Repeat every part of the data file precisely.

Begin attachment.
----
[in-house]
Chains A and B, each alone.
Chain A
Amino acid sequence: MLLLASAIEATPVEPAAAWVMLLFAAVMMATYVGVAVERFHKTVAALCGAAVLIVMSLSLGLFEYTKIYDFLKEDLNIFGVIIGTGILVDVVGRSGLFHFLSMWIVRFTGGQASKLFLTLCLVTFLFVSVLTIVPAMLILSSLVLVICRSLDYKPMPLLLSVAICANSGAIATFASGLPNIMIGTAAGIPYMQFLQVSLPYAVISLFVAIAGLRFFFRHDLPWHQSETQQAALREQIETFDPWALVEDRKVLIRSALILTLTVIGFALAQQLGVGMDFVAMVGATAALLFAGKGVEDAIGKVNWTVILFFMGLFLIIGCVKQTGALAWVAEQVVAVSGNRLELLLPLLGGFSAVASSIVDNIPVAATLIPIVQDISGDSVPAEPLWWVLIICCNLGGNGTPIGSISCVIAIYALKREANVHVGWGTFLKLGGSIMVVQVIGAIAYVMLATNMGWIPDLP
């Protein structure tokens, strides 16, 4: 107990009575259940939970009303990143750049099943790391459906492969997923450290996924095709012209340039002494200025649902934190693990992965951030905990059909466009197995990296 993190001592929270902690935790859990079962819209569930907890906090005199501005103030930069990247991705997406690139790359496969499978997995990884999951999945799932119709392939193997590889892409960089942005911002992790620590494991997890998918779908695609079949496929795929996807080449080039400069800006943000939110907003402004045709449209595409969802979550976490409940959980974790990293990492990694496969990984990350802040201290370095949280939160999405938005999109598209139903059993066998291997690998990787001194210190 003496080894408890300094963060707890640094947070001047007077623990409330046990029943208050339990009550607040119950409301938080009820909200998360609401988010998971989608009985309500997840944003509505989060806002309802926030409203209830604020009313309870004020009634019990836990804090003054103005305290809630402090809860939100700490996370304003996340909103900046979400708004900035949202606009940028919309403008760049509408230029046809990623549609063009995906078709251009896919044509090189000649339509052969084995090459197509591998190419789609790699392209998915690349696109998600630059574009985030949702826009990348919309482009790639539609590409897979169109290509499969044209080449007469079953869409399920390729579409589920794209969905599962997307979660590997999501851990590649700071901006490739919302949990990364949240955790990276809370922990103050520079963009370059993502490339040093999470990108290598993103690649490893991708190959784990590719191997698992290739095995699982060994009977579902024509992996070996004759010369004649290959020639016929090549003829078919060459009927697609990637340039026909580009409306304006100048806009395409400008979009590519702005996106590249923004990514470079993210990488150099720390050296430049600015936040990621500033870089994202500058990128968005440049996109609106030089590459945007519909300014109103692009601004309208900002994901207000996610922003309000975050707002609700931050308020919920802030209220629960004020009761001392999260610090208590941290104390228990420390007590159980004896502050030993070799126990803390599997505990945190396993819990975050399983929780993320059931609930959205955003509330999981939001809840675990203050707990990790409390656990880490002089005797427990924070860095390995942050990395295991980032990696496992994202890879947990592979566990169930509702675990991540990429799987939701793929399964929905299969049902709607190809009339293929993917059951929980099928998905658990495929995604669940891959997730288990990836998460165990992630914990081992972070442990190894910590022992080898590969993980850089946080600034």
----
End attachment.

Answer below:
[in-house]
Chains A and B, each alone.
Chain A
Amino acid sequence: MLLLASAIEATPVEPAAAWVMLLFAAVMMATYVGVAVERFHKTVAALCGAAVLIVMSLSLGLFEYTKIYDFLKEDLNIFGVIIGTGILVDVVGRSGLFHFLSMWIVRFTGGQASKLFLTLCLVTFLFVSVLTIVPAMLILSSLVLVICRSLDYKPMPLLLSVAICANSGAIATFASGLPNIMIGTAAGIPYMQFLQVSLPYAVISLFVAIAGLRFFFRHDLPWHQSETQQAALREQIETFDPWALVEDRKVLIRSALILTLTVIGFALAQQLGVGMDFVAMVGATAALLFAGKGVEDAIGKVNWTVILFFMGLFLIIGCVKQTGALAWVAEQVVAVSGNRLELLLPLLGGFSAVASSIVDNIPVAATLIPIVQDISGDSVPAEPLWWVLIICCNLGGNGTPIGSISCVIAIYALKREANVHVGWGTFLKLGGSIMVVQVIGAIAYVMLATNMGWIPDLP
């Protein structure tokens, strides 16, 4: 107990009575259940939970009303990143750049099943790391459906492969997923450290996924095709012209340039002494200025649902934190693990992965951030905990059909466009197995990296 993190001592929270902690935790859990079962819209569930907890906090005199501005103030930069990247991705997406690139790359496969499978997995990884999951999945799932119709392939193997590889892409960089942005911002992790620590494991997890998918779908695609079949496929795929996807080449080039400069800006943000939110907003402004045709449209595409969802979550976490409940959980974790990293990492990694496969990984990350802040201290370095949280939160999405938005999109598209139903059993066998291997690998990787001194210190 003496080894408890300094963060707890640094947070001047007077623990409330046990029943208050339990009550607040119950409301938080009820909200998360609401988010998971989608009985309500997840944003509505989060806002309802926030409203209830604020009313309870004020009634019990836990804090003054103005305290809630402090809860939100700490996370304003996340909103900046979400708004900035949202606009940028919309403008760049509408230029046809990623549609063009995906078709251009896919044509090189000649339509052969084995090459197509591998190419789609790699392209998915690349696109998600630059574009985030949702826009990348919309482009790639539609590409897979169109290509499969044209080449007469079953869409399920390729579409589920794209969905599962997307979660590997999501851990590649700071901006490739919302949990990364949240955790990276809370922990103050520079963009370059993502490339040093999470990108290598993103690649490893991708190959784990590719191997698992290739095995699982060994009977579902024509992996070996004759010369004649290959020639016929090549003829078919060459009927697609990637340039026909580009409306304006100048806009395409400008979009590519702005996106590249923004990514470079993210990488150099720390050296430049600015936040990621500033870089994202500058990128968005440049996109609106030089590459945007519909300014109103692009601004309208900002994901207000996610922003309000975050707002609700931050308020919920802030209220629960004020009761001392999260610090208590941290104390228990420390007590159980004896502050030993070799126990803390599997505990945190396993819990975050399983929780993320059931609930959205955003509330999981939001809840675990203050707990990790409390656990880490002089005797427990924070860095390995942050990395295991980032990696496992994202890879947990592979566990169930509702675990991540990429799987939701793929399964929905299969049902709607190809009339293929993917059951929980099928998905658990495929995604669940891959997730288990990836998460165990992630914990081992972070442990190894910590022992080898590969993980850089946080600034």